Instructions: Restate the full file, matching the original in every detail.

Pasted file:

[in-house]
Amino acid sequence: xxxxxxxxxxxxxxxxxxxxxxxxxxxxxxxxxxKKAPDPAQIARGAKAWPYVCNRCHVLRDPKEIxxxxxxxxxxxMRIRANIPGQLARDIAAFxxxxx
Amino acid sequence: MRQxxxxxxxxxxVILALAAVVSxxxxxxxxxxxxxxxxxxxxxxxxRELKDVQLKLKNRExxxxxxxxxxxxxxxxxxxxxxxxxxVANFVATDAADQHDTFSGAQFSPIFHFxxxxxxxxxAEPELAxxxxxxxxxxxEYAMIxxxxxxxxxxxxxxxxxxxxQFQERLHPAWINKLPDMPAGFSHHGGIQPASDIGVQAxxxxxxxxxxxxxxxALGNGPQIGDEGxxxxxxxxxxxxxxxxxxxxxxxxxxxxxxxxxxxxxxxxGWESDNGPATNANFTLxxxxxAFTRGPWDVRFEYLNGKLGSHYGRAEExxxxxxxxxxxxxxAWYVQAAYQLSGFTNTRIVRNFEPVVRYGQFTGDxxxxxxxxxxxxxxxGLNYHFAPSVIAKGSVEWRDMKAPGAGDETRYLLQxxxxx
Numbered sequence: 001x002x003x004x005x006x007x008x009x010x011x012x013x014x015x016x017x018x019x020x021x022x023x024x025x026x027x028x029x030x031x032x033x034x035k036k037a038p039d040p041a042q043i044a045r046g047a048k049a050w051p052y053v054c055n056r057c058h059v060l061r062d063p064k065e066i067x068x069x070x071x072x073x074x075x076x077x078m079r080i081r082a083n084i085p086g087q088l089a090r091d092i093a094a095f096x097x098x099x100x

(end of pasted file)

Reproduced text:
[in-house]
Amino acid sequence: xxxxxxxxxxxxxxxxxxxxxxxxxxxxxxxxxxKKAPDPAQIARGAKAWPYVCNRCHVLRDPKEIxxxxxxxxxxxMRIRANIPGQLARDIAAFxxxxx
Amino acid sequence: MRQxxxxxxxxxxVILALAAVVSxxxxxxxxxxxxxxxxxxxxxxxxRELKDVQLKLKNRExxxxxxxxxxxxxxxxxxxxxxxxxxVANFVATDAADQHDTFSGAQFSPIFHFxxxxxxxxxAEPELAxxxxxxxxxxxEYAMIxxxxxxxxxxxxxxxxxxxxQFQERLHPAWINKLPDMPAGFSHHGGIQPASDIGVQAxxxxxxxxxxxxxxxALGNGPQIGDEGxxxxxxxxxxxxxxxxxxxxxxxxxxxxxxxxxxxxxxxxGWESDNGPATNANFTLxxxxxAFTRGPWDVRFEYLNGKLGSHYGRAEExxxxxxxxxxxxxxAWYVQAAYQLSGFTNTRIVRNFEPVVRYGQFTGDxxxxxxxxxxxxxxxGLNYHFAPSVIAKGSVEWRDMKAPGAGDETRYLLQxxxxx
Numbered sequence: 001x002x003x004x005x006x007x008x009x010x011x012x013x014x015x016x017x018x019x020x021x022x023x024x025x026x027x028x029x030x031x032x033x034x035k036k037a038p039d040p041a042q043i044a045r046g047a048k049a050w051p052y053v054c055n056r057c058h059v060l061r062d063p064k065e066i067x068x069x070x071x072x073x074x075x076x077x078m079r080i081r082a083n084i085p086g087q088l089a090r091d092i093a094a095f096x097x098x099x100x